Tiny Georgia town with holiday name draws postal delugeBy KARAH-LEIGH HANCOCK
Morris News Service
BETHLEHEM, Ga. — Even in the Internet age, greeting cards continue in popularity as the media of choice for many to wish family and friends a merry Christmas.
Since Thanksgiving, more than 75,000 of those cards started their trips at a post office in Bethlehem — that is, the quaint Georgia town 20 miles west of Athens.
The Bethlehem post office receives packages of Christmas cards from other places in Georgia and as far away as Alaska, Germany and Norway to mail.
The first known Christmas card was sent in 1843 in London when Sir Henry Cole hired John Calcott Horsley, a painter and illustrator, to design a card to send to his friends, according to the Hallmark Card Archives.
But it was Lithographer Louis Prang, a Prussian immigrant in Boston, Mass., who is considered the father of the Christmas card after publishing the first card to say “Merry Christmas” in 1875.
Since then, sending Christmas cards grew into a holiday tradition, not just in America, but throughout the world.
“My mom raised me to send Christmas cards to friends and family and it’s a tradition I continue and enjoy,” said Sarah Cook of Statham.
But thanks to smartphones, tablets and computers, many now opt to send electronic cards via the Internet.
Facebook, Twitter, Instagram and many other social media outlets make it simple to send an image to a friend or family member, telling them happy birthday or get well soon.
Christmas cards, though, seem to buck the electronic trend in favor of an envelope and stamp.
“There’s nothing like receiving a Holiday card in the mail from loved ones,” said Laura Gibson of Athens. “Our daily business has a tendency of stealing our attention and it can sweep us off our feet, but receiving a sweet card filled with loving words or snapshots of beautiful faces can bring us back where we all should be, focused on the importance of each moment and each sweet soul that has touched our lives.”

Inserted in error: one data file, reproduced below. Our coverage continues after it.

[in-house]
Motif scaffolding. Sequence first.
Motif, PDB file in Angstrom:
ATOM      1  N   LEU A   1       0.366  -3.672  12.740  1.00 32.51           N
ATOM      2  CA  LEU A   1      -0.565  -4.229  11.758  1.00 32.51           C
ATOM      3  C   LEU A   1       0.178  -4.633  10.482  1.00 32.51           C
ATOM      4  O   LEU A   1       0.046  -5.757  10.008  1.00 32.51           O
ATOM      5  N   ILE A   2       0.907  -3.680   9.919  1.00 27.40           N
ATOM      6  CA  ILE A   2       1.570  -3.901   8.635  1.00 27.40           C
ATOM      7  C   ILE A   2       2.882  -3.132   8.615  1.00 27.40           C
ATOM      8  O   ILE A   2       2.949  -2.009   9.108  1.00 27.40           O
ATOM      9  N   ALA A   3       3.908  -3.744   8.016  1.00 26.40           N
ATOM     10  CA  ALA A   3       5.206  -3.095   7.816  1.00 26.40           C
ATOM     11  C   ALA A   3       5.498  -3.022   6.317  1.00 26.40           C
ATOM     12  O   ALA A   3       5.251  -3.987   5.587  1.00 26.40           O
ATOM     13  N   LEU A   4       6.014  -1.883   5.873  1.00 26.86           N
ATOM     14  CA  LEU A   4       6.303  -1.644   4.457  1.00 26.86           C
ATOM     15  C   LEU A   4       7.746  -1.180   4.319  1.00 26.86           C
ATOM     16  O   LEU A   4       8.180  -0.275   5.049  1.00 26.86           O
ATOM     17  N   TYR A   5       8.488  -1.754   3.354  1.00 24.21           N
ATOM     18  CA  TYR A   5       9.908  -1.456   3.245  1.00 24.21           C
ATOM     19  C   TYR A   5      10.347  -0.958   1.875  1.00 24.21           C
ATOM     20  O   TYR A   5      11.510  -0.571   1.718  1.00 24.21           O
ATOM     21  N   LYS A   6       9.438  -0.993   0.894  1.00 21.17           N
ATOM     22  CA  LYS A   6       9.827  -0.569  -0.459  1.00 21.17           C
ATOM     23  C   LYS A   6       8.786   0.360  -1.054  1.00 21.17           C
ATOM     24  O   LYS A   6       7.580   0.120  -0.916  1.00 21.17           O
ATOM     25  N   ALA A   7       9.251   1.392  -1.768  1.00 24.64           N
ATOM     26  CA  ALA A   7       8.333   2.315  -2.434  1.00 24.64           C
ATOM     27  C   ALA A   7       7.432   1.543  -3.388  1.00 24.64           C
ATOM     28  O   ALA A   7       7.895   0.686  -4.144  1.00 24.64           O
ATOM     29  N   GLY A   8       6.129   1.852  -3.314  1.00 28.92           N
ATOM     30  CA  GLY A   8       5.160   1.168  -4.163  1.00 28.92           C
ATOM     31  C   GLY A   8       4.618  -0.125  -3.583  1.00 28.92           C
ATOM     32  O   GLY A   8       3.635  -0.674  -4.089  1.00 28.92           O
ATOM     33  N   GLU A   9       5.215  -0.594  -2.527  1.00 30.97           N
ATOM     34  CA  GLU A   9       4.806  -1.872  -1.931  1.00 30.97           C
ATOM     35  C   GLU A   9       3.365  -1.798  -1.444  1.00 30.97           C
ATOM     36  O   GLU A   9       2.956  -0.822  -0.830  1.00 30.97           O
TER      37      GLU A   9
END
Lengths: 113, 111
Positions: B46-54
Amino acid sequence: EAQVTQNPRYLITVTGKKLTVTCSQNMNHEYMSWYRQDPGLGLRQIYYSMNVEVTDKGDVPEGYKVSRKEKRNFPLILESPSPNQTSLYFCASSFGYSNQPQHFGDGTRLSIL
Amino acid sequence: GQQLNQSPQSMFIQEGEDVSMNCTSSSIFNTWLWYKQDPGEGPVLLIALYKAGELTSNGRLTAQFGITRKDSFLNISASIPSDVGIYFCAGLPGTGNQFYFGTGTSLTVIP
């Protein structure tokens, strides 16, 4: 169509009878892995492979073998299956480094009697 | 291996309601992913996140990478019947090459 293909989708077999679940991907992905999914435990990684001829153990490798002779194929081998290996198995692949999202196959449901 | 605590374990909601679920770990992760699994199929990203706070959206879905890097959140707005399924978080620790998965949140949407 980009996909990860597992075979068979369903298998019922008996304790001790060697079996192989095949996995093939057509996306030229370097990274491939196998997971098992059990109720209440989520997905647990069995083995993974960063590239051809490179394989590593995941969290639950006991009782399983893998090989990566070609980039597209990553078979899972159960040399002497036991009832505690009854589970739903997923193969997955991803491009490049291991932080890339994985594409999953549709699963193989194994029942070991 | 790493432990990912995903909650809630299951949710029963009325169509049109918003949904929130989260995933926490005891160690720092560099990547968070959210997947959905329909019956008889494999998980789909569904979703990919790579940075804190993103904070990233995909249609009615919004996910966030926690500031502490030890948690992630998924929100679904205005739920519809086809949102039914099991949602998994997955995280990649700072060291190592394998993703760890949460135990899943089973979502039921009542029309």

The Associated Press recently reported that greeting card maker Hallmark intends to shut down one of its production plants in Kansas, which makes a third of the company’s cards.
However, according to the U.S. Greeting Card Association of America, Christmas remained the No. 1 card-sending holiday in 2011 with more than 2 billion boxed and individual Christmas cards sold last year.
Sales are expected to reach $427 million this year and boxed holiday cards are experiencing strong sales as well, according to the association.
“I know that I love opening up the mailbox to see handwritten envelopes this time of year, knowing that they contain Christmas cards that have been sent to my son and me,” Cook said. “We hang up the cards in our kitchen so that we can look at them all season long.”
Many of those cards make their way to the Bethlehem Post Office to receive a postmark stamp with the name of the biblical site of Jesus Christ’s birth.
“It means a lot to people,” Czajkowski said.